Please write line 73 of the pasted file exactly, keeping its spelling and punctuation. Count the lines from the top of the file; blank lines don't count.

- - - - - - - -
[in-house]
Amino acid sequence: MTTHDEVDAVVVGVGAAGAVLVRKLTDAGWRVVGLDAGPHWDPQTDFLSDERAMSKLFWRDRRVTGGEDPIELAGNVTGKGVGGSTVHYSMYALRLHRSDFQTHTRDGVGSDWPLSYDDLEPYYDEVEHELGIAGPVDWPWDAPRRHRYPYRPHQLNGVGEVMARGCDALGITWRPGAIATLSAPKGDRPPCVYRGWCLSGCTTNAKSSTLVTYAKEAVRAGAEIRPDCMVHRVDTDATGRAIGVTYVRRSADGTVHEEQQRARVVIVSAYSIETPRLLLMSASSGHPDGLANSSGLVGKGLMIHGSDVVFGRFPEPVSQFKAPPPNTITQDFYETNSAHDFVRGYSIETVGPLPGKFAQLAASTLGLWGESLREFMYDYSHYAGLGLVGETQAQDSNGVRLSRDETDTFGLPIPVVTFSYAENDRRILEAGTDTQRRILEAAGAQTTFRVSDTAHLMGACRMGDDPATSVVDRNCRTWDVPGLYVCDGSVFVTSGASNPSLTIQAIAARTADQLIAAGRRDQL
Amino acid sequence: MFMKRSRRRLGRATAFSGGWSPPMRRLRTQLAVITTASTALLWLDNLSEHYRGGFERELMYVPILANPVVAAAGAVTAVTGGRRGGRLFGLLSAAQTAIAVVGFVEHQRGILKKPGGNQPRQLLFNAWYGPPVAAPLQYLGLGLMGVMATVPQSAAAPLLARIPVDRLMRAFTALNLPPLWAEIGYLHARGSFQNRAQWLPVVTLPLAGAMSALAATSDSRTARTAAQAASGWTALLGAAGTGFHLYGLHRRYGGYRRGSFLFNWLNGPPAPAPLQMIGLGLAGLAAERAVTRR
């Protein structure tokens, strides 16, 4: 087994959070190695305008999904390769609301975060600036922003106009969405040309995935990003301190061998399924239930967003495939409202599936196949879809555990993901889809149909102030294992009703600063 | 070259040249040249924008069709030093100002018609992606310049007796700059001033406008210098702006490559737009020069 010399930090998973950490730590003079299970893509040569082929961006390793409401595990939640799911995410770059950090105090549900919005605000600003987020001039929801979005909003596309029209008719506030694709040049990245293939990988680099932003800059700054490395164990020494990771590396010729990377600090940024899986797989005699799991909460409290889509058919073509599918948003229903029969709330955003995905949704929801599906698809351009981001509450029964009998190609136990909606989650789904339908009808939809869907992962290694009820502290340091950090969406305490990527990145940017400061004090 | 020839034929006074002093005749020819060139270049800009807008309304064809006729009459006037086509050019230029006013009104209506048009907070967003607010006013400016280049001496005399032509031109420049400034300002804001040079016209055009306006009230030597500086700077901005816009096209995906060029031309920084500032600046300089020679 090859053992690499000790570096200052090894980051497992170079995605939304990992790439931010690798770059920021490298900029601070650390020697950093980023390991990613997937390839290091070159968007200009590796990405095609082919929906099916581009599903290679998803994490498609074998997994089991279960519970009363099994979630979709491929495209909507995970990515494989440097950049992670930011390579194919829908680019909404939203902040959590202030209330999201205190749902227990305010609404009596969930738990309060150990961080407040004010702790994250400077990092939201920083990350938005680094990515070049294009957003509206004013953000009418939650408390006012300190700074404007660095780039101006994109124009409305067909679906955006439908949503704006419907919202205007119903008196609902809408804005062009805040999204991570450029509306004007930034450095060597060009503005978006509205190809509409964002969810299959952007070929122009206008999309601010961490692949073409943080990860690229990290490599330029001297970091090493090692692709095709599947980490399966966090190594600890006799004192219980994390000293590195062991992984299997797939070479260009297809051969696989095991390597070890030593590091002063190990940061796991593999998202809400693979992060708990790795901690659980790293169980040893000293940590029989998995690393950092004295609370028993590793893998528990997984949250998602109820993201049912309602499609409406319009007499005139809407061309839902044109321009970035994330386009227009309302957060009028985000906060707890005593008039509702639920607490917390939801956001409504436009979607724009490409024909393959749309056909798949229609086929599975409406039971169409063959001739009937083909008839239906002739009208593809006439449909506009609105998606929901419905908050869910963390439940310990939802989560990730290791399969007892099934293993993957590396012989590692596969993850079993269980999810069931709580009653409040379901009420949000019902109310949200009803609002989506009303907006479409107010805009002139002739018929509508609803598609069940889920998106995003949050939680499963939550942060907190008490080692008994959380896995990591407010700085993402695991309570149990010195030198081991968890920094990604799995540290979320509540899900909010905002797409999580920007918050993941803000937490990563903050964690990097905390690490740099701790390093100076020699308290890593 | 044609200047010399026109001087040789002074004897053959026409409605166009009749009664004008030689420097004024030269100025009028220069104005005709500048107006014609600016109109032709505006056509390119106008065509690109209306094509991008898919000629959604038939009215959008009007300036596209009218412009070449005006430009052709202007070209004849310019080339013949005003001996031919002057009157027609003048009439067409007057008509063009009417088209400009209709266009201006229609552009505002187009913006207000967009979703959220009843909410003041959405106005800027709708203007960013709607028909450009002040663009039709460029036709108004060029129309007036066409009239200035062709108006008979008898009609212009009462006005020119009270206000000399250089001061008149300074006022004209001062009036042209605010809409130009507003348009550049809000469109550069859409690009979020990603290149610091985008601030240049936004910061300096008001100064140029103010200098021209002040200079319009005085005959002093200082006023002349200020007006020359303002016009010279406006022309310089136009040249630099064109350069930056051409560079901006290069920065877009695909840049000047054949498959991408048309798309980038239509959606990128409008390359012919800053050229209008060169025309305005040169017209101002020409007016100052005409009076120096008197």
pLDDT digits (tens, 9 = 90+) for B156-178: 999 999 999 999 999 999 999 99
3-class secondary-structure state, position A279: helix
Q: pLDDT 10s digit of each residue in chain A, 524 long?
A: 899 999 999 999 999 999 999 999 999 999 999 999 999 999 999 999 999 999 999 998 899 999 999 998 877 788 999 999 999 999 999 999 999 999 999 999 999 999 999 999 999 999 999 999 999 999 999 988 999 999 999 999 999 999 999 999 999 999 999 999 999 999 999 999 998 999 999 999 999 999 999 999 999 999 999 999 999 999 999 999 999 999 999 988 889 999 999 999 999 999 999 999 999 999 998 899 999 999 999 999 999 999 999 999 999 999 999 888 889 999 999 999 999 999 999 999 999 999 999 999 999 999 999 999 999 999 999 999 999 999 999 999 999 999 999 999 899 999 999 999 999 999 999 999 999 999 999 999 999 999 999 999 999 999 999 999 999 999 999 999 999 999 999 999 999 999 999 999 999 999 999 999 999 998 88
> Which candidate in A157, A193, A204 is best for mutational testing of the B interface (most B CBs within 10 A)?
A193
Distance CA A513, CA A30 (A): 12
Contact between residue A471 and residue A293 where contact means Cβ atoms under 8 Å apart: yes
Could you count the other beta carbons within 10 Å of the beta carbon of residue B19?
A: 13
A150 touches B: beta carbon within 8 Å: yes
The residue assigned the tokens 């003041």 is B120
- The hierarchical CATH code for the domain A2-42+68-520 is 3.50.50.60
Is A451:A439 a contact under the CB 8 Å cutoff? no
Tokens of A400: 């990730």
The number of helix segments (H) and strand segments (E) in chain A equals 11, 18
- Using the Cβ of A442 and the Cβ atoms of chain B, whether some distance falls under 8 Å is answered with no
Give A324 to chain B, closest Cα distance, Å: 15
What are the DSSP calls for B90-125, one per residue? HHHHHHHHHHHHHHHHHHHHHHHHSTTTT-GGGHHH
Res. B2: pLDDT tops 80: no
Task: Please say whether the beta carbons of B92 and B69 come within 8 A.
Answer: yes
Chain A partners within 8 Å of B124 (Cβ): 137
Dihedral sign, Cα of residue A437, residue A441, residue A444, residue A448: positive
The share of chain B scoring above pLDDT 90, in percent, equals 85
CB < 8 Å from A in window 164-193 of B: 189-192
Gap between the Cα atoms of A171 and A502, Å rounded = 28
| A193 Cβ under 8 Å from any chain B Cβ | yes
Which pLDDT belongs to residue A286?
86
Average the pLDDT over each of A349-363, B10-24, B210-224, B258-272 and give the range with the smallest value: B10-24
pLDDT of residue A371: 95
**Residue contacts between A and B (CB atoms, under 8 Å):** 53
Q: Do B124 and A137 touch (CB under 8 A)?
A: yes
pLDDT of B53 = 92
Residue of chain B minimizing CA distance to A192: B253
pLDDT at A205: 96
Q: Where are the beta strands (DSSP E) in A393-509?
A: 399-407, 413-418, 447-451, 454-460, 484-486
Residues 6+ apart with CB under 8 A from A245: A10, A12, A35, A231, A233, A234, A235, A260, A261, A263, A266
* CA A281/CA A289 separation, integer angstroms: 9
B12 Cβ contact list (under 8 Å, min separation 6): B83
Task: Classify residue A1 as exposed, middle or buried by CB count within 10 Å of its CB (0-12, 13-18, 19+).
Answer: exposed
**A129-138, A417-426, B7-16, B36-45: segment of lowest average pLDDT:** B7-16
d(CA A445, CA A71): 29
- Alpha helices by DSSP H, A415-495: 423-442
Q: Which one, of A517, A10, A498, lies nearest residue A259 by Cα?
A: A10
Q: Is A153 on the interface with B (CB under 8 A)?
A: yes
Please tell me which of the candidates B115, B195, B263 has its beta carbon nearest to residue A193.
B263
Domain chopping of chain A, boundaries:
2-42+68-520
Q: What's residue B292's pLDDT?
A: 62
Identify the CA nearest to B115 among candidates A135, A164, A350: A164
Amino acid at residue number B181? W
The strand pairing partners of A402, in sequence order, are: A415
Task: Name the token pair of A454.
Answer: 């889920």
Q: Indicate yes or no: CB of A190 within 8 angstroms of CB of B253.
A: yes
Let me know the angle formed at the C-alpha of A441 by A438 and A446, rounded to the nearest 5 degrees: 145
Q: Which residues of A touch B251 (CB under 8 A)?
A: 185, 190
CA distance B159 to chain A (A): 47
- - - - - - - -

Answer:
CA distance B159 to chain A (A): 47